16 16 IMF Approach to Sovereign Debt… While Collective Action Clauses do not suffice, IMF approach to sovereign debt restructuring is also problematic IMF, as one of key creditors, cannot be allowed to play a central role, either in the design of the statutory regime or its implementation (other than as one among many claimants) Legal basis of IMF’s claim to be preferred creditor may even be questioned Creditors’ interest is in making bankruptcy costly, to discourage bankruptcy “Can’t take yes for an answer”

17 17 Key Concern: Impact of Default and Changing Bankruptcy Regime on Developing Countries Major lessons to emerge from large number of countries for whom debt payments represent a major drag on their development and/or who find it impossible to meet their debt commitments, without abrogating basic functions of government and other commitments made to citizens Debt is highly risky, Especially foreign debt Market failures in global debt market force developing countries to bear exchange rate and interest rate risks Countries are exposed to vicissitudes of capital markets:  When interest rates may suddenly soar, for no reason to do with what is going on in the country  Or because of rational or irrational anticipations of what might occur, e.g. associated with a political campaign Benefits from loans are dwarfed by the costs when things go sour. This is evident from experiences in Latin America and East Asia What matters for growth is real investment And the short term myopic interests of finance often are at odds with the long term interests of real investors The instability which is associated with finance worsens the investment climate

18 18 Excessive Fears About Bankruptcy For most countries with high indebtedness, greatest fear is loss of access to international capital markets But:  The net flow of funds is from these poor countries to the advanced industrial countries  And they are unlikely to gain access to positive flows from an extended period of time  After default, they often regain access more quickly Markets are forward looking—they become better prospects With less debt overhang And more robust growth “Reputation” models are unpersuasive in competitive capital markets Political Concerns: Indebtedness means that there will be a high price to pay for political autonomy, for not subjecting oneself to the “tyranny of the whims of financial markets.”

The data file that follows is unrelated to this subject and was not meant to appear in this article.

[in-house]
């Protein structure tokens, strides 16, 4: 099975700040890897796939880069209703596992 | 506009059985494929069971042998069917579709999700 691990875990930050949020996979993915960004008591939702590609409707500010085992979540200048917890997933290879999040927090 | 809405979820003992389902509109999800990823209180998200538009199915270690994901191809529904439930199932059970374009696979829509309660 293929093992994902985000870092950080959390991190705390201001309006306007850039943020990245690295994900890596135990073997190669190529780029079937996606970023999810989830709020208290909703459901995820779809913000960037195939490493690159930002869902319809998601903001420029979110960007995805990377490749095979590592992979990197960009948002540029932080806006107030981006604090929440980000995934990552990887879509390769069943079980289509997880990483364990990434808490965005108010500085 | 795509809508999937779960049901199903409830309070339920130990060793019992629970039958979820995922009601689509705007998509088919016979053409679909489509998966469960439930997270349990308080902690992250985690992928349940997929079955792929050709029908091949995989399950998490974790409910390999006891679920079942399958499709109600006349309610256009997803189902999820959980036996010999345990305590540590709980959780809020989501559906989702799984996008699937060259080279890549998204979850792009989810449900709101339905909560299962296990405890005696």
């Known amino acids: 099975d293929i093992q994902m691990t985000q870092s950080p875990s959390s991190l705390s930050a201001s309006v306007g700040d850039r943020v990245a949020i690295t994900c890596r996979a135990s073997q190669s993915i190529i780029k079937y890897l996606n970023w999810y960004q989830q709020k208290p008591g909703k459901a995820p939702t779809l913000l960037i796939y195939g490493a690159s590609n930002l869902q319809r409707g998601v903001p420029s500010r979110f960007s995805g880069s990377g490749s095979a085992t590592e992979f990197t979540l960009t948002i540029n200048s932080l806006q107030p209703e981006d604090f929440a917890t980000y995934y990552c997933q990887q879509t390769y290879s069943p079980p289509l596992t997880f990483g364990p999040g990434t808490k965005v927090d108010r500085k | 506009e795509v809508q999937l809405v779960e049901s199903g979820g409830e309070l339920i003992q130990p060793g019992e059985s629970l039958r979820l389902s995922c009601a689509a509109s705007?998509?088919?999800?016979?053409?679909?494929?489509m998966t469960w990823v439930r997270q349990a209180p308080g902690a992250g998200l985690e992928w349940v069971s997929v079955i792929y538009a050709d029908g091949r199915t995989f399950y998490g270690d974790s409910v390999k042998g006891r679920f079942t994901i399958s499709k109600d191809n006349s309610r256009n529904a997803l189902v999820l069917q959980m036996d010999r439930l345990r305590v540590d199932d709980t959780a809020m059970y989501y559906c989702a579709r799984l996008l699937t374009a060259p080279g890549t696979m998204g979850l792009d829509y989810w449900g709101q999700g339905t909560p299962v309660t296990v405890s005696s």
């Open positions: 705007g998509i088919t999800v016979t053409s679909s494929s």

19 19 Excessive Fears About Being Cut Off From IMF Assistance Money is only short term loan Money often goes simply to repay IMF, doesn’t provide finance to real sector Question: does IMF “seal of approval” lead to more capital inflows?  Answer: In most cases, information asymmetries are not as large as in past. So result depends more on impact of policies that accompany programs. If they are contractionary or otherwise misguided, capital is less likely to flow in In Argentina, during 2002, growing recognition that it would be a mistake to focus attention on obtaining funds from the IMF. If it can obtain those funds, with reasonable economic policies, so much the better. But if the cost of obtaining those funds is excessively contractionary fiscal policies, policies for restructuring the financial system which do not comport with Argentinean’ sense of social justice or what is in the best interests of a quick restoration of growth, then the costs may well exceed the benefits. Argentina focused on the restoration of growth of its economy. what matters—its physical and human resources—were still here Changed exchange rate led to import substitution and increased exports Investment became more attractive Lessons from Mexico and East Asia: importance of trade credit and exports